HAMMOND — Half of U.S. families report difficulty finding child care, according to the Department of Education, and nearly 1 million families never find the program they want.
The South Shore Convention and Visitors Authority has been working to take that burden off their employees for the past 22 years with their own in-office child care program. Speros Batistatos, president and CEO of the SSCVA, said many companies "talk about being a family."
"Ours is demonstrative of that to our employees every day," Batistatos said. "We are a family, and we are very serious about that and it starts with the birth of a child that comes into our workplace."
The inception of the program started in January 1997. Cathy Hricik was vice president of operations for the SSCVA and had just given birth to her daughter, Carolyn.
"After Carolyn was born, Cathy came to me and said, 'I'm going to have to resign,' and I said 'Why?'" Batistatos said.
Batistatos listened to her discuss the issues she had with finding care for her newborn. He decided quickly, "Why not bring the baby to work?" and Carolyn become baby No. 1 in the new program. Around the same time, Katie Holderby, now executive vice president, gave birth to the second baby in the program, Reagan.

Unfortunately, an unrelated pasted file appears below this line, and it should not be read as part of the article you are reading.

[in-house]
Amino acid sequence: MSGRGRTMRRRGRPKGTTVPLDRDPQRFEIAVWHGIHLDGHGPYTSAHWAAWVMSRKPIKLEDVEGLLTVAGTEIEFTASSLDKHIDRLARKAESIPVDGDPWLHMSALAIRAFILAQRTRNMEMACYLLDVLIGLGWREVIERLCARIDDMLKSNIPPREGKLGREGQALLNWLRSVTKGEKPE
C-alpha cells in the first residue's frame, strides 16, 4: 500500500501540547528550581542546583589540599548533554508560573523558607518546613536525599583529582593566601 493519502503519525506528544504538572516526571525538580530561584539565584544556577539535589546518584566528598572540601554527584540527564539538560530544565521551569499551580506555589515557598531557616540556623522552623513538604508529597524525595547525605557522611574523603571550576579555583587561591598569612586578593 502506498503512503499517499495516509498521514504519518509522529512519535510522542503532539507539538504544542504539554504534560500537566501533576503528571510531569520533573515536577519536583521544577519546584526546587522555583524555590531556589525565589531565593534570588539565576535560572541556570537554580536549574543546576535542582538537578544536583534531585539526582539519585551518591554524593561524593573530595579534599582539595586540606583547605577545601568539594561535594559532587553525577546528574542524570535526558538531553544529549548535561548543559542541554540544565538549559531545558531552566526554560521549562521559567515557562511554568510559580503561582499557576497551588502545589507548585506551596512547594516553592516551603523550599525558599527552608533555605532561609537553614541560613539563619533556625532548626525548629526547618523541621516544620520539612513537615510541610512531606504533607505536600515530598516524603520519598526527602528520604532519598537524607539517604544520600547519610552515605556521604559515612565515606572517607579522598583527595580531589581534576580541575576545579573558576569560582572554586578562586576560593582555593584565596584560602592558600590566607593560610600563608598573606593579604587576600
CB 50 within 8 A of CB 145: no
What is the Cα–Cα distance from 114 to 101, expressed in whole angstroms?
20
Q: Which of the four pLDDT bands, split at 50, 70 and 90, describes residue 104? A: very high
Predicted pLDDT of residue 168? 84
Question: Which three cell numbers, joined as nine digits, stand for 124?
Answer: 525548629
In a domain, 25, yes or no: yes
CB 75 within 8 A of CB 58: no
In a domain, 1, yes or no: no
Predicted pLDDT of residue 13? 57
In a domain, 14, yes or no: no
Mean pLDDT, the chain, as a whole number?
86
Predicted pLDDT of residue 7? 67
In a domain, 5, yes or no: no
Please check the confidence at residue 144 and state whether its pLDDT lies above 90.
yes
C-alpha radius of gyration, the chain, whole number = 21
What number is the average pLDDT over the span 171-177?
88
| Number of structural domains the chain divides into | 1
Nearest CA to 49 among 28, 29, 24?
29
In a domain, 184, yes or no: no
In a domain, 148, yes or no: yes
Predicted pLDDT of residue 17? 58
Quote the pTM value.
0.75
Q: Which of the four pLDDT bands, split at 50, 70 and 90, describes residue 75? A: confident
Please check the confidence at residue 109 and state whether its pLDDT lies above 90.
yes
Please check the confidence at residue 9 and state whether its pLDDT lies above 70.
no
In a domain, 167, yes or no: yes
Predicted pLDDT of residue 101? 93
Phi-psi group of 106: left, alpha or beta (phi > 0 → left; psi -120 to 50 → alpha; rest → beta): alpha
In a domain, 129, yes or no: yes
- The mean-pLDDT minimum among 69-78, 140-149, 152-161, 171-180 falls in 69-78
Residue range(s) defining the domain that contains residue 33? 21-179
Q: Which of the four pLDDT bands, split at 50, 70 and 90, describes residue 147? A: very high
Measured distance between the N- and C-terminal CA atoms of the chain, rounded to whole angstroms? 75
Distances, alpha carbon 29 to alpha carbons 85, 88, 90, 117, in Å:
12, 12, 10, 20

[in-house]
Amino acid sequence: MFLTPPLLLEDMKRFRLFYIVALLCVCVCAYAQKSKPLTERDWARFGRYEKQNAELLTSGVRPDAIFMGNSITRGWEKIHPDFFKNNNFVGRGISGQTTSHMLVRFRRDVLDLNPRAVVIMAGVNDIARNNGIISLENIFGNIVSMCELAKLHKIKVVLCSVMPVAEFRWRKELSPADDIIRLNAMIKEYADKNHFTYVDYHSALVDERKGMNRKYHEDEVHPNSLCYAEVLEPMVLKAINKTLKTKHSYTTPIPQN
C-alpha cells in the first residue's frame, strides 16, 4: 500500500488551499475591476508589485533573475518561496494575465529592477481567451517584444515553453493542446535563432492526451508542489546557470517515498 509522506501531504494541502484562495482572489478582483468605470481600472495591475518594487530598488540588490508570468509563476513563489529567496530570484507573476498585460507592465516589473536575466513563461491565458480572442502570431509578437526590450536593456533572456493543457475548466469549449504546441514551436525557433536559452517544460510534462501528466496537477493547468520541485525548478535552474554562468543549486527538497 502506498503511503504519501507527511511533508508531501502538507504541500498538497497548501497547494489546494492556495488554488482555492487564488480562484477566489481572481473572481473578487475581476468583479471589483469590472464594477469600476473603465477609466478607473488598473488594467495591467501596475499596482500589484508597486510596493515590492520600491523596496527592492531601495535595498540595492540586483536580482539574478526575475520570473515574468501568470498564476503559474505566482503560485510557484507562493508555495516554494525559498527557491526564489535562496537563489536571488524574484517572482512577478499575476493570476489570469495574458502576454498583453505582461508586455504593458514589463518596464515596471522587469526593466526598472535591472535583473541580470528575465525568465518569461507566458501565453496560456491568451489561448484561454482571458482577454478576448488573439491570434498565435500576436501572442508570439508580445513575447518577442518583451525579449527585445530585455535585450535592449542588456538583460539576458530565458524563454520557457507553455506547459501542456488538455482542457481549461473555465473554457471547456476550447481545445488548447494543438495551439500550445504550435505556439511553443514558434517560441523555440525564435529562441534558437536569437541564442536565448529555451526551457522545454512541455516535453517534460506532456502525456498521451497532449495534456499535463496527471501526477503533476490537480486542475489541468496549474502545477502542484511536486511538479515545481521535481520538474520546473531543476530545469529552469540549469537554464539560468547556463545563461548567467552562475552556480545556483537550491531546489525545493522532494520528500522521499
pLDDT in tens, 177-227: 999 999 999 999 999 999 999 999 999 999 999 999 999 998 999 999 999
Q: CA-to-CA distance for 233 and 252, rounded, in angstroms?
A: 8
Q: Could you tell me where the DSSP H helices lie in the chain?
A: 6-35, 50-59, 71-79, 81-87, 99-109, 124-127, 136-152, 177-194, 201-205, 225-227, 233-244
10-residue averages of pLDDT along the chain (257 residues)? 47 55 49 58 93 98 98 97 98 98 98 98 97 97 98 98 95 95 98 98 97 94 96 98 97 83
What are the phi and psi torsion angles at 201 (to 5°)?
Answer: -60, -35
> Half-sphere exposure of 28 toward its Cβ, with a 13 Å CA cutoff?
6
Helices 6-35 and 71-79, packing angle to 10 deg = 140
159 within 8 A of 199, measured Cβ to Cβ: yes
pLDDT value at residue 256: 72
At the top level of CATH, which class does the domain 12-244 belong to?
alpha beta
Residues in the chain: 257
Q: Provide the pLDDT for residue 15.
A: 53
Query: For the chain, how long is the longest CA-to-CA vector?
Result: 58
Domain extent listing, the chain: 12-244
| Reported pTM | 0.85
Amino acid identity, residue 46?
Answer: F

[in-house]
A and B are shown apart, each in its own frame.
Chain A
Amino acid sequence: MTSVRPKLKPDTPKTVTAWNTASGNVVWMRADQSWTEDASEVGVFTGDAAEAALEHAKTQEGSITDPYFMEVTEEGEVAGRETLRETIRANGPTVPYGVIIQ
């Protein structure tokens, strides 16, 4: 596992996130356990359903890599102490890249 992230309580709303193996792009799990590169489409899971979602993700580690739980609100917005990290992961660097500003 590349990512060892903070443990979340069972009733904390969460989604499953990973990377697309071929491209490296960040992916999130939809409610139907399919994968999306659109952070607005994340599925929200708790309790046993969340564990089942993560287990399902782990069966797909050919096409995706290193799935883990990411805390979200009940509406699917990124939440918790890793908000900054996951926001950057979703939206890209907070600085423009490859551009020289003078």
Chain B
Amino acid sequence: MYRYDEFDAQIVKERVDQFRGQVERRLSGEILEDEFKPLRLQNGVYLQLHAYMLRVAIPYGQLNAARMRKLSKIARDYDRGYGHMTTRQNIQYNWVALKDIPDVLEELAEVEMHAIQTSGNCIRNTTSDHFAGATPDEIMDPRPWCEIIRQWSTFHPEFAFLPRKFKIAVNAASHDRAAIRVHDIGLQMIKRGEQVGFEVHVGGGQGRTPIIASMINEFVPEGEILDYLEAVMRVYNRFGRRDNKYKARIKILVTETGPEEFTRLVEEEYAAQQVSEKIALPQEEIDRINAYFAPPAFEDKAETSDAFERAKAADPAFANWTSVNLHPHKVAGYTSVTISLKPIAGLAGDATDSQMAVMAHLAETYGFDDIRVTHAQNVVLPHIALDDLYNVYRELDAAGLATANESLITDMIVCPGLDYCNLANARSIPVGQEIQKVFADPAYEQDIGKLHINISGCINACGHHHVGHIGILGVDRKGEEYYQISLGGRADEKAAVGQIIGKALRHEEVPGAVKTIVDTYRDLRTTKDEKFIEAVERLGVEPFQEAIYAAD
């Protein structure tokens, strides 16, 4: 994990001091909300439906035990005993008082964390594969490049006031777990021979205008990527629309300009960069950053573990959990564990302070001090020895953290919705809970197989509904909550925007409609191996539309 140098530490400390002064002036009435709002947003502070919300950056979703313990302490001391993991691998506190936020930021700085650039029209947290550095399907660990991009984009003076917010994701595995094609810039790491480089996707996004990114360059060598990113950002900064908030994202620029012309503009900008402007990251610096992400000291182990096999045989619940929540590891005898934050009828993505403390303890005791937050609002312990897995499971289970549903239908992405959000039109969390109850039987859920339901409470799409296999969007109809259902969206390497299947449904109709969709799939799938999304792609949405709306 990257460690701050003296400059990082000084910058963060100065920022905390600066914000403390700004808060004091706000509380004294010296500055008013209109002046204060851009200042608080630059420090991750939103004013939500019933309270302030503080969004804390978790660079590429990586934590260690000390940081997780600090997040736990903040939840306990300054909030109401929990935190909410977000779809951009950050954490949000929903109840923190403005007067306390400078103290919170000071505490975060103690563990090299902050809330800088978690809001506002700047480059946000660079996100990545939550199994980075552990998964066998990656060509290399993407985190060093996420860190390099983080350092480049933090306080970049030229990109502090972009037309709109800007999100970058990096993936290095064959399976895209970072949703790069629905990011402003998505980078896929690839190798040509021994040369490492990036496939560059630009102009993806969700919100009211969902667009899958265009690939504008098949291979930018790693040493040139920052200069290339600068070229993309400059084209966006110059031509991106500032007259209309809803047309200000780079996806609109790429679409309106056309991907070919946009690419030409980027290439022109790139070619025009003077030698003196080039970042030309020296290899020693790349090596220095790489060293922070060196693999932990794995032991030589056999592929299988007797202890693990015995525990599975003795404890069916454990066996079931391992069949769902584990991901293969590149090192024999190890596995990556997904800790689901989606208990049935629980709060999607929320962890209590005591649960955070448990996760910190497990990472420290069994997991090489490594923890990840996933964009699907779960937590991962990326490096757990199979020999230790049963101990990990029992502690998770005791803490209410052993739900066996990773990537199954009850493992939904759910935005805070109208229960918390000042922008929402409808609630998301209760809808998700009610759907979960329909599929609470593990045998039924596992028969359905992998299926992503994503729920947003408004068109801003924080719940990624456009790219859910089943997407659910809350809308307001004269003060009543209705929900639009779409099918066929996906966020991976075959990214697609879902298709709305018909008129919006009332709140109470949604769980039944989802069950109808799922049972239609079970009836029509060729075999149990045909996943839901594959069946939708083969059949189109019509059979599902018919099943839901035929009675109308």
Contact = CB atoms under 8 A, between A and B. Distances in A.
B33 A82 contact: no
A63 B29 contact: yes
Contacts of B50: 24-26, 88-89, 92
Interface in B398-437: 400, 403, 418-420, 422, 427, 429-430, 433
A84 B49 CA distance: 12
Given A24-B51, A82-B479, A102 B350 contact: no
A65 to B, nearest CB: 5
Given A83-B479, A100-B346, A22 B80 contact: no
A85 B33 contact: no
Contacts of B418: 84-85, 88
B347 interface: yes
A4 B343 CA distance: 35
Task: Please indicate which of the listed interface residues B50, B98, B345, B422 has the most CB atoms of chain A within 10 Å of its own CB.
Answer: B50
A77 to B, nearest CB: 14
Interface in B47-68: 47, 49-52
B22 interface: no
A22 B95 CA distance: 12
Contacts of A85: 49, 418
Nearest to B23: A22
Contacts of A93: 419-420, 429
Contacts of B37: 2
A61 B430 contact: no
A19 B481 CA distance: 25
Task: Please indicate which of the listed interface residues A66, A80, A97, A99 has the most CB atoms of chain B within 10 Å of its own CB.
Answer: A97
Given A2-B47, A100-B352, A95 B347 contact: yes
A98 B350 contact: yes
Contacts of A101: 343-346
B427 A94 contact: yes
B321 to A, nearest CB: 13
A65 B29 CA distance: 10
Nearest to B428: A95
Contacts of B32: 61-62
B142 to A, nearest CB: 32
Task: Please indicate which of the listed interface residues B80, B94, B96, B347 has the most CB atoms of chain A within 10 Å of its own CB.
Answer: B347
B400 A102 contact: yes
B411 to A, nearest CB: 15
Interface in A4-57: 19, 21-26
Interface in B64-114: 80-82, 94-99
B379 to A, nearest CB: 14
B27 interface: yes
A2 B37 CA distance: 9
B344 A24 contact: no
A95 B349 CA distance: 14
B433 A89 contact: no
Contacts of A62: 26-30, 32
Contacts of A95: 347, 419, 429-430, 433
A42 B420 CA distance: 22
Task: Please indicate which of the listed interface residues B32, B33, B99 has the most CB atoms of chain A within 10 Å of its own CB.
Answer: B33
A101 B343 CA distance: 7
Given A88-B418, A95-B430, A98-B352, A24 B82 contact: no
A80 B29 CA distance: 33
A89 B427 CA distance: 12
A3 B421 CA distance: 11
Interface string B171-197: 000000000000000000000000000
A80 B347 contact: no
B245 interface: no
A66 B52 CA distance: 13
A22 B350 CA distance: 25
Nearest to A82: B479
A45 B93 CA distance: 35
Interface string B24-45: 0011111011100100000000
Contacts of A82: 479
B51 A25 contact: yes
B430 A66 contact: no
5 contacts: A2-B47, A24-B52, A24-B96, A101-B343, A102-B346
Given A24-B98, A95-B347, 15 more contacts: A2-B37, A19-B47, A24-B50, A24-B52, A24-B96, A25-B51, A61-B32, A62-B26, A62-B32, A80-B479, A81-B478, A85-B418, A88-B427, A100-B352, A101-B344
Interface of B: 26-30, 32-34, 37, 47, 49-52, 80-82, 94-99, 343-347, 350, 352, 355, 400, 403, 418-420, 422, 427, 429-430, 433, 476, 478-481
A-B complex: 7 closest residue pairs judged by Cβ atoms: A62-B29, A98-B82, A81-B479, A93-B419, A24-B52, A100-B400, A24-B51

"It has given us an incredible benefit with our people. ... I see outstanding young people who are excelling in everything they do," Batistatos said. "This is an investment that's made for all the right reasons."
SSCVA has had 15 children through the program. Batistatos affectionately has nicknamed the children "little time sponges," but he said the minimal loss of time during the workday is worth it in order to keep "loyalty" and the "lack of turnover we have here."
The Hricik family moved to Connecticut in 2000 and recently came back to the Region after Carolyn Hricik graduated from Pace University. She said stories of her mother's job at the SSCVA "inspired me to want that for myself."
"I definitely looked for a career path and organization that would embody the same values and the same ideas of having that culture and family life," Hricik said.
Hricik accepted Batistatos' offer to do an internship with the CVA, coming "back to my roots," she said.
Reagan Holderby also is doing a similar internship with the Greater Lafayette Convention and Visitors Bureau while finishing college at Purdue University.
"This is an embodiment of 22 years of our culture, and now we have two incredibly talented young women who are from the DNA of our organization," Batistatos said. "This is about the next generation ... to me, it's the story about the intertwining of family and profession."